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Legal Experts Weigh Future of ‘Made In’ Clothing Labels


That “Made In” label inside your dress or jacket is about to go high-tech, according to experts in fashion trends.

Joseph Ferrara
photos by Henry Dziekan, III

Speaking on April 15 at the Fashion Law Institute at Fordham’s first annual symposium, panelists predicted that future clothing labels will be QR codes that consumers can read by swiping their cell phones over a barcode. Such technology, they said, will add deeper dimensions to the marketing of apparel.

“The country of origin will just not be enough,” said Joseph Ferrara, director of the Garment Center Supplier Association. “We are going to see the entire life of the garment right there in the consumer’s hand in an explosion of prepositions: it won’t just be made in [the country], it will be made by fair trade, highly skilled workers, made of organic material, or even ‘made of fine animal hair groomed at an altitude of 8,000 feet.’ You are really going to get an incredible level of detail.

“Therein lies the opportunity,” he added.

Today’s activist consumers, Ferrara said, are accustomed to seeking out and finding information through social media and the Web. New niche markets in apparel will develop around fair trade, green materials, artisan-crafted garments, and even locales such as New York City, Palermo and others.

“Such awareness is going to be extraordinary and meaningful for the masses,” he said, “and for marketing.”

Ferrara was one of four experts on a panel,“Spinning the Globe: The Future of the ‘Made In’ Label.” The other speakers were Guillermo Jimenez, professor of law at the Fashion Institute of Technology and an expert in international trade; Mary O’Rourke, director of a consulting firm in textiles, O’Rourke Group Partners; and Sabina Lepre Leva, in-house counsel for the Intellectual Property Rights Desk-New York, Italian Trade Commission.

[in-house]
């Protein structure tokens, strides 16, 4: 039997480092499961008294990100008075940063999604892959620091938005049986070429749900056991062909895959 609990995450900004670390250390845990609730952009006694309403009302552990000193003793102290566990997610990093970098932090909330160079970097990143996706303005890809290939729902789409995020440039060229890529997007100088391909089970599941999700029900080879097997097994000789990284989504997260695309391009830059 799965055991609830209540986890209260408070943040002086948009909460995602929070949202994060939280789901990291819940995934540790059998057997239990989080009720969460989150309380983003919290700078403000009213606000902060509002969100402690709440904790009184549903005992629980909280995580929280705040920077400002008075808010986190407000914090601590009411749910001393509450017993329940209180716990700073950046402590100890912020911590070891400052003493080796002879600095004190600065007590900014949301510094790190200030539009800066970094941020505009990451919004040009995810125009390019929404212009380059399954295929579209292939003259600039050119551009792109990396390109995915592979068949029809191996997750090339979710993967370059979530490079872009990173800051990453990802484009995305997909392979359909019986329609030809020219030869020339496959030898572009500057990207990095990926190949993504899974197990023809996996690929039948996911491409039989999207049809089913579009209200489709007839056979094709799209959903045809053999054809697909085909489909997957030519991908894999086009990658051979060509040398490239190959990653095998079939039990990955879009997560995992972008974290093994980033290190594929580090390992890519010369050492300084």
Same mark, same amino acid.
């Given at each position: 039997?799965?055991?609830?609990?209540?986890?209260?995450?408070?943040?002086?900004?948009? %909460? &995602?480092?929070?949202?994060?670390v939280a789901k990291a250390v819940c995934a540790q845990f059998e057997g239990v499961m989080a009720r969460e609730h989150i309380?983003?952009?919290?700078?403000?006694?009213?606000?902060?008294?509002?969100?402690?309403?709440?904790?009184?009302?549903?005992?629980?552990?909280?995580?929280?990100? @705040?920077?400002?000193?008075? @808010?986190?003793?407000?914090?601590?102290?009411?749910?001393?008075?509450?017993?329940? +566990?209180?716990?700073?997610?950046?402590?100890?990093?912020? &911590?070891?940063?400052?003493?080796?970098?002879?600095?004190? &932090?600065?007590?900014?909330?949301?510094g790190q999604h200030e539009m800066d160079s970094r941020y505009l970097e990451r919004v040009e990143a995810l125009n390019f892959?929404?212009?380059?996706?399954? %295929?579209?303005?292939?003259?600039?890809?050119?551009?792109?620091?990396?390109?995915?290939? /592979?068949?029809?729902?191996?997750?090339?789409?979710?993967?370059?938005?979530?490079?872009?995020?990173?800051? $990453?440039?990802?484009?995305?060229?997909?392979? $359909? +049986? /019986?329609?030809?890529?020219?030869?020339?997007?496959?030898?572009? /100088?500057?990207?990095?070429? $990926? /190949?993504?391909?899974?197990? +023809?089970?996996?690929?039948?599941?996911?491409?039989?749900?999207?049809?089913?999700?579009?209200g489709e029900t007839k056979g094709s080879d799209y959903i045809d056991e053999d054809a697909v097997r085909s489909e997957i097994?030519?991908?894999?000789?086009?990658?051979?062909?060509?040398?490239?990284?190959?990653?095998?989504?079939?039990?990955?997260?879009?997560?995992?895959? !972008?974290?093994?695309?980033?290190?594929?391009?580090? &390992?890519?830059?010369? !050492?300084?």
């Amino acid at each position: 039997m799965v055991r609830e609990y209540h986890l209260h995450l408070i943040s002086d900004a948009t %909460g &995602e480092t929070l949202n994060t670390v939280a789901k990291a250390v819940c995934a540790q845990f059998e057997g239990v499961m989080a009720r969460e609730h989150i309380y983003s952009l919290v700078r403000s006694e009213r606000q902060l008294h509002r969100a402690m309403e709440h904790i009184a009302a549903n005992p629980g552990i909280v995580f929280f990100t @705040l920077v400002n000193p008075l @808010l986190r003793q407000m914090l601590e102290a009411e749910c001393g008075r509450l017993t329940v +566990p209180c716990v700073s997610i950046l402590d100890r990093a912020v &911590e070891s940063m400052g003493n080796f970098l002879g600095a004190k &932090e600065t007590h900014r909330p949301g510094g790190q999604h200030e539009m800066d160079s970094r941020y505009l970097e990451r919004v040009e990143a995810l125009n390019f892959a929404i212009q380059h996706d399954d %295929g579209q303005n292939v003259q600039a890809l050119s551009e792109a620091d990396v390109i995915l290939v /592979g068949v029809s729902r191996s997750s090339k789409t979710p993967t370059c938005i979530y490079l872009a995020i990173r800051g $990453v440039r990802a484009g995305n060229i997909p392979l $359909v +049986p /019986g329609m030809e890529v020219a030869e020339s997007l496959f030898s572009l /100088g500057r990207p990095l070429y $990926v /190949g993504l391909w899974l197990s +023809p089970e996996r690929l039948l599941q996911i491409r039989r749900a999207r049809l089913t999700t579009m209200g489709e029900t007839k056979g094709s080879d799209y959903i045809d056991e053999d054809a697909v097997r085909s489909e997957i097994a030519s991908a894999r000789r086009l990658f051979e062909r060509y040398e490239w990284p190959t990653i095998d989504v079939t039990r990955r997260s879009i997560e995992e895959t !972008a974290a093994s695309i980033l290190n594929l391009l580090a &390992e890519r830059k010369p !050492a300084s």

Susan Scafidi

The panelists said that localities such as New York, Italy and France—all famous for their fashion designers and excellent craftsmanship—must be preserved to facilitate the next wave of creative designers.

“Some of these struggling designers are going to be the Ralph Laurens of tomorrow,” O’Rourke said.

The symposium grew out of last year’s establishment of the Fashion Law Institute at Fordham Law, which opened in September. Other panels included “Shopping for Fashion Houses: Who’s First in Line in the M&A Market?” “Is Grey the New Black? Parallel Imports and Counterfeits I the Online Marketplace,” and “Eco-Chic: Is it Easy Being Green?”

“The theme of the conference, ‘Global Growth and Legal Landscapes,’ is about the growth of the fashion industry itself, but it is also about the growth of fashion law, which has moved from being perceived as largely intellectual property into many, many other fields of law,” said Susan Scafidi, professor of law and academic director of the Institute.

On display in the Law School atrium was apparel with the Zero Maria Cornejo label, owned by Chilean fashion designer Maria Cornejo.


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